The cast is made up of some of the most solid young actors on television. There is real chemistry here between them all, particularly between Tyler Posey and Crystal Reed who play Scott and Allison respectively. I get the sense that the actors might be as into each other as their characters. If not, it’s quite an amazing performance. Tyler Hoechlin has the requisite brooding character as Derek. Holland Roden plays Jackson’s girl Lydia, and she’s the requisite stuck up pretty girl in the group. Dylan O’Brien gets to be the goofy comic relief as Stiles. Together they play off each other quite nicely. The stories stay tight and interesting, and the show strikes a pretty good balance of providing a complicated mythology with plenty of twists and turns without straying into the too-cryptic department. Each episodes doles out some answers with its mystery, so you really feel like you’re making progress from week to week. It was entertaining enough for me to burn through all 13 episodes in less than two days.

    The second season begins with Kate’s funeral as Jill Wagner leaves the show. Don’t worry. She’ll be replaced by an incredible performance from Michael Hogan who played the forceful Tigh on the new Battlestar Galactica. He plays the family patriarch Gerard who has come to town to push the Argent clan into high gear. He has a take-no-prisoner attitude and a secret that’s going to make the season end with a bang.

    The show absolutely improved in its second year. The cast has really hit their strides, and the chemistry is outstanding. While everyone around her is transforming into werewolves Crystal Reed has transformed into an incredible actress. This was a big year for the Allison character. She’s being pushed emotionally and physically, and Reed delivers the outstanding performance of the series. She’s created a dynamic character who actually raises the bar for her castmates. I can’t say enough just how much I enjoyed her portrayal this season.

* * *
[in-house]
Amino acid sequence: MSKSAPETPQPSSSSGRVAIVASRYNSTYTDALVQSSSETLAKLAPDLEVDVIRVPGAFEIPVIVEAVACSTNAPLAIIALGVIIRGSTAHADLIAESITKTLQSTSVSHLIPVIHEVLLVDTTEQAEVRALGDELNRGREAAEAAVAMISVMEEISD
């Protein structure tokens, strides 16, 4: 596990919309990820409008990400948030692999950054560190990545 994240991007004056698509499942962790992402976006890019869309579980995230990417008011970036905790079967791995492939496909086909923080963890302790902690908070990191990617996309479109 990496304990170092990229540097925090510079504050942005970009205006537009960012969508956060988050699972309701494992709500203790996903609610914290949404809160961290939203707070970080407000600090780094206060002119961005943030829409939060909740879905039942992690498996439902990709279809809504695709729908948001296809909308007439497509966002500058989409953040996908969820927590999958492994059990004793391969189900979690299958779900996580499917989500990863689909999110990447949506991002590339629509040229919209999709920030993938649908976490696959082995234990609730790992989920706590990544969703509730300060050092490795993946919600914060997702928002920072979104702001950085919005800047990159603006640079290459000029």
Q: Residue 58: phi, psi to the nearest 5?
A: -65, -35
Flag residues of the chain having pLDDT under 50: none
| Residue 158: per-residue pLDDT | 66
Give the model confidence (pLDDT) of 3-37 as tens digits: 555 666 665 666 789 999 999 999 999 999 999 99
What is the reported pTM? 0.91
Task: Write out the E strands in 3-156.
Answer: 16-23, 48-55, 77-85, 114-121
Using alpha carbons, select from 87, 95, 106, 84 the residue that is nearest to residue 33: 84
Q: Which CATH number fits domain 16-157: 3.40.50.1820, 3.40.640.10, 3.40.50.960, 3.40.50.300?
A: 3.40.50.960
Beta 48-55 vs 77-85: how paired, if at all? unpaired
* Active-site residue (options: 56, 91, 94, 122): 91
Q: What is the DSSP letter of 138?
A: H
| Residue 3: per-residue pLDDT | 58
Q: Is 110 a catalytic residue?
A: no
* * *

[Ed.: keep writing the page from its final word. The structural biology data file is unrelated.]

As one of the crew members states in an interview, they might have to change the name of the show to Teen Wolves. This season Derek has decided he wants to become an alpha and begins to pick off members of the cast and turning them into werewolves. Scott isn’t alone in his situation any more, but his life just got a lot more complicated. Gerard is an even more imposing foe than Kate ever was. He’s dealing with the new wolves in town and Derek’s pressure to join the growing pack. And just when you think he already has too much to deal with, a new creature arrives on the scene.

    There is a shape-shifting reptilian creature killing people in town. It has poisonous claws that cause paralysis and enough time for the creature to do the slice-and-dice routine. To make matters worse, it’s a vengeance creature that is being controlled by someone with an ax to grind. It’s a danger to both humans and werewolves as well as the Argent family. Do they finally have a common enemy to join forces against? Don’t exactly count on that.

    Extras on the set include deleted scenes, a gag reel, another shameless shirtless montage, and a behind the scenes feature. The show has really found its hairy legs this season, and I can’t wait to see what is coming. It’s an addictive show to be sure. “One bite and everything changes.”



    Posted In: No Huddle Reviews